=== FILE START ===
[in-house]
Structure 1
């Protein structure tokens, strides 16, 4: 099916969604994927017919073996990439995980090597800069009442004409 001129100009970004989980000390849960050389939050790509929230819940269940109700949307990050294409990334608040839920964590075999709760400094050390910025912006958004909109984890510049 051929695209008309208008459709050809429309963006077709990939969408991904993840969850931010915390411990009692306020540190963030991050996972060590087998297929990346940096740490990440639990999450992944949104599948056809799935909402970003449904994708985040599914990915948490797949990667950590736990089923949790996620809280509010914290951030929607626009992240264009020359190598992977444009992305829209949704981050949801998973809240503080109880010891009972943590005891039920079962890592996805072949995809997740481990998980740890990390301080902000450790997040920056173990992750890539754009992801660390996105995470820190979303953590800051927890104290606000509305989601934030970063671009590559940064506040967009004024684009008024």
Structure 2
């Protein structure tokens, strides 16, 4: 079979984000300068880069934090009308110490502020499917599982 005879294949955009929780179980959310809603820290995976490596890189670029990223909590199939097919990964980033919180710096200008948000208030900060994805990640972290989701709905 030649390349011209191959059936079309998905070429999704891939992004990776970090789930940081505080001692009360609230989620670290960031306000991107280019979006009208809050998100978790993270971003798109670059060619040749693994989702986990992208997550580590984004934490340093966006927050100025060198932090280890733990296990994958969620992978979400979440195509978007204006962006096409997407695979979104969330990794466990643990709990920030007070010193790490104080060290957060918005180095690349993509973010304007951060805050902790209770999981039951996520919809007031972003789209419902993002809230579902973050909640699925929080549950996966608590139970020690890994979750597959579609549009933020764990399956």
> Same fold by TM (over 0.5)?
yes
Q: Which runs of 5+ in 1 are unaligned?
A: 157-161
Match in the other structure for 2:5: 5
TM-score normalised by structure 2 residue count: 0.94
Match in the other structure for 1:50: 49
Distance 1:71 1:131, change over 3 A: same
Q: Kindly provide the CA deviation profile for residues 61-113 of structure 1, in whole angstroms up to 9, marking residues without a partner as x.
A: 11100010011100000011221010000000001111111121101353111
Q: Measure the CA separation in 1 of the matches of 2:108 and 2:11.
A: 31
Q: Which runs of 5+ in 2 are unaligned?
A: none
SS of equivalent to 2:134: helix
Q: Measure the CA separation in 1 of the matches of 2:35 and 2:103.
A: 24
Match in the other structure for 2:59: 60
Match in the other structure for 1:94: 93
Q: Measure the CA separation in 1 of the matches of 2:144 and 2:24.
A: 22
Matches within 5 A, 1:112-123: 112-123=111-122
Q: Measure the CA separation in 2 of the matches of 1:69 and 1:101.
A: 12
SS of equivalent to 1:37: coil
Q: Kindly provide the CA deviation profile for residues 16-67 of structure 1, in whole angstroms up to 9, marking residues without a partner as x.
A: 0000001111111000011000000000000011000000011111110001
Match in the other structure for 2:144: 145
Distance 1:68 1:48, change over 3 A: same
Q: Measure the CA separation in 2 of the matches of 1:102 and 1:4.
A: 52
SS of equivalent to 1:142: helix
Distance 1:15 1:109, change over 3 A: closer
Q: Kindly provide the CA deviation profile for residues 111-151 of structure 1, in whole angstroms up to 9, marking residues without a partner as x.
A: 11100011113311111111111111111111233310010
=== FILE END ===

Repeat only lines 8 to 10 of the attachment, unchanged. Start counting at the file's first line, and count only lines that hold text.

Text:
Q: Which runs of 5+ in 1 are unaligned?
A: 157-161
Match in the other structure for 2:5: 5